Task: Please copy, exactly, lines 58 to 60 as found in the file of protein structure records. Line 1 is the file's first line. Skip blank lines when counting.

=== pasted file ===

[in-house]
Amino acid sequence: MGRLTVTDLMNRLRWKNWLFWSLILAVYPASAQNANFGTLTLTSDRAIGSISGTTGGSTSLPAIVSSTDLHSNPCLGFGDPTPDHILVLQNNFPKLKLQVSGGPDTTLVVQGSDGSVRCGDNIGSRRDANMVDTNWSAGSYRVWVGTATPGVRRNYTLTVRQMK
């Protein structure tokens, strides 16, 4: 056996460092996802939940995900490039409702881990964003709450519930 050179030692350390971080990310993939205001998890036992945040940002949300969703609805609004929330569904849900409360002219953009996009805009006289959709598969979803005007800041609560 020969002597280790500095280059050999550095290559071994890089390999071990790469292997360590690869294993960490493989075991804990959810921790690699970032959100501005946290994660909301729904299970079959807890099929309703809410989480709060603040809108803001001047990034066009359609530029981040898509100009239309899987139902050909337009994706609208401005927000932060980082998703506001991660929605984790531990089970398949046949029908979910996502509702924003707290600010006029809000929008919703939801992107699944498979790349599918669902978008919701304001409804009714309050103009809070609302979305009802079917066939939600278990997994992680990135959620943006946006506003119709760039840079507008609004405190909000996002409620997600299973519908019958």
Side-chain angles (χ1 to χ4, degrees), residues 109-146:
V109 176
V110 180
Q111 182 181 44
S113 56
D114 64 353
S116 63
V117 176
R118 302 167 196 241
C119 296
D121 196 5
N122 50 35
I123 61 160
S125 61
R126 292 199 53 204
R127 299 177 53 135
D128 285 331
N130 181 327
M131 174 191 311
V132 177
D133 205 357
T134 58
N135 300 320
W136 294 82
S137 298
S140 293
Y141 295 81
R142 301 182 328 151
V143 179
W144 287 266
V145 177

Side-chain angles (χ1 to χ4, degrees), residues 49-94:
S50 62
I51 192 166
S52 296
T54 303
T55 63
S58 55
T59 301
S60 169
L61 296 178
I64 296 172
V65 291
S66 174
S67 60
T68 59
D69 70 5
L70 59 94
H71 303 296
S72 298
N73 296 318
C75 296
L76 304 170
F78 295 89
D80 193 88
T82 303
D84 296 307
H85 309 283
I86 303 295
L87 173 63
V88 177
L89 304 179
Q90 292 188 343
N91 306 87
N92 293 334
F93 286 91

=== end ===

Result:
D80 193 88
T82 303
D84 296 307